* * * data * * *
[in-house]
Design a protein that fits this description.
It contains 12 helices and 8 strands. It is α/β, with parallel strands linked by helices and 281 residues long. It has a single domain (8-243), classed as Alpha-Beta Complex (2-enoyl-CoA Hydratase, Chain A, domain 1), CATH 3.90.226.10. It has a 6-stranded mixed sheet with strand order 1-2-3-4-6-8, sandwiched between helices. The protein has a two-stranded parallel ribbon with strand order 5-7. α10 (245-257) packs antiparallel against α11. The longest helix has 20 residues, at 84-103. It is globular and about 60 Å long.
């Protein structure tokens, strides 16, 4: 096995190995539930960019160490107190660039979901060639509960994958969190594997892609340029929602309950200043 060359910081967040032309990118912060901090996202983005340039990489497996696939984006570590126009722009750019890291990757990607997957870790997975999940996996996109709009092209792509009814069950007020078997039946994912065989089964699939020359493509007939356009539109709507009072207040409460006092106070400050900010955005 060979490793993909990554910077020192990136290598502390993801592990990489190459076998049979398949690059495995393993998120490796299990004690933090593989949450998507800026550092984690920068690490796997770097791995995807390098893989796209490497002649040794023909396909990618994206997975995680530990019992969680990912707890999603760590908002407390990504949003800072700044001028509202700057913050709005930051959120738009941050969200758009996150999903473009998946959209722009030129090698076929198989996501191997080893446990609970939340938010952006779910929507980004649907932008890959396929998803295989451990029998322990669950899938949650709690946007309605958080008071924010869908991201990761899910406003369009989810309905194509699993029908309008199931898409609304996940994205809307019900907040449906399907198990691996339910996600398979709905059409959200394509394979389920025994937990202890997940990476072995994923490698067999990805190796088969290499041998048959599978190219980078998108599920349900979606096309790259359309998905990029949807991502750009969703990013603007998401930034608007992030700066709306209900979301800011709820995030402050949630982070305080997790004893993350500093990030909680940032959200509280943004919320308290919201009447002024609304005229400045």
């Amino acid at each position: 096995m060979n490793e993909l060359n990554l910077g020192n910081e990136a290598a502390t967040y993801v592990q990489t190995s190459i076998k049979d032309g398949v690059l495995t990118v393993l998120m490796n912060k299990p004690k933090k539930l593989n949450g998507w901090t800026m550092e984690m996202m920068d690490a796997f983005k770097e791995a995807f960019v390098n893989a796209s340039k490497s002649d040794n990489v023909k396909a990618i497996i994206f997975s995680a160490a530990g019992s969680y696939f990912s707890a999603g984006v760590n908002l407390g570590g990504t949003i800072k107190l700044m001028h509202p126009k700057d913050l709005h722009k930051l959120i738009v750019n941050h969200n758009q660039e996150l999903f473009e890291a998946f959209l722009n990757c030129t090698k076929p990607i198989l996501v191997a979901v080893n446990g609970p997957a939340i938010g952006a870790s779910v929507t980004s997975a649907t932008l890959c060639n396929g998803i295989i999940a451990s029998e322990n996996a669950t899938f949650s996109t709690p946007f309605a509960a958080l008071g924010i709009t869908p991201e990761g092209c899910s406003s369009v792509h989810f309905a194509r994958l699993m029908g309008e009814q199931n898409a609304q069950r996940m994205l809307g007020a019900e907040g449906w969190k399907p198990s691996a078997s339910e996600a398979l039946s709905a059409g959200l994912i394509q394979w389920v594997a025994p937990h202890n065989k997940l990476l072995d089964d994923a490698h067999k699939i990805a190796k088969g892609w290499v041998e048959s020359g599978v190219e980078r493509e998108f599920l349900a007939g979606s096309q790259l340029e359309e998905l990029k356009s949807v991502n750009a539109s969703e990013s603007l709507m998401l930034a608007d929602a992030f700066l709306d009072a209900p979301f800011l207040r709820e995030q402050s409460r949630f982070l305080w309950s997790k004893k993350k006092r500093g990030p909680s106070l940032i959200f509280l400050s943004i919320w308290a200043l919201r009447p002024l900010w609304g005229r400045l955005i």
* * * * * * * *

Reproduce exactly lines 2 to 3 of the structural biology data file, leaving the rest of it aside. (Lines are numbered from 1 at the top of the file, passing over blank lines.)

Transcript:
Design a protein that fits this description.
It contains 12 helices and 8 strands. It is α/β, with parallel strands linked by helices and 281 residues long. It has a single domain (8-243), classed as Alpha-Beta Complex (2-enoyl-CoA Hydratase, Chain A, domain 1), CATH 3.90.226.10. It has a 6-stranded mixed sheet with strand order 1-2-3-4-6-8, sandwiched between helices. The protein has a two-stranded parallel ribbon with strand order 5-7. α10 (245-257) packs antiparallel against α11. The longest helix has 20 residues, at 84-103. It is globular and about 60 Å long.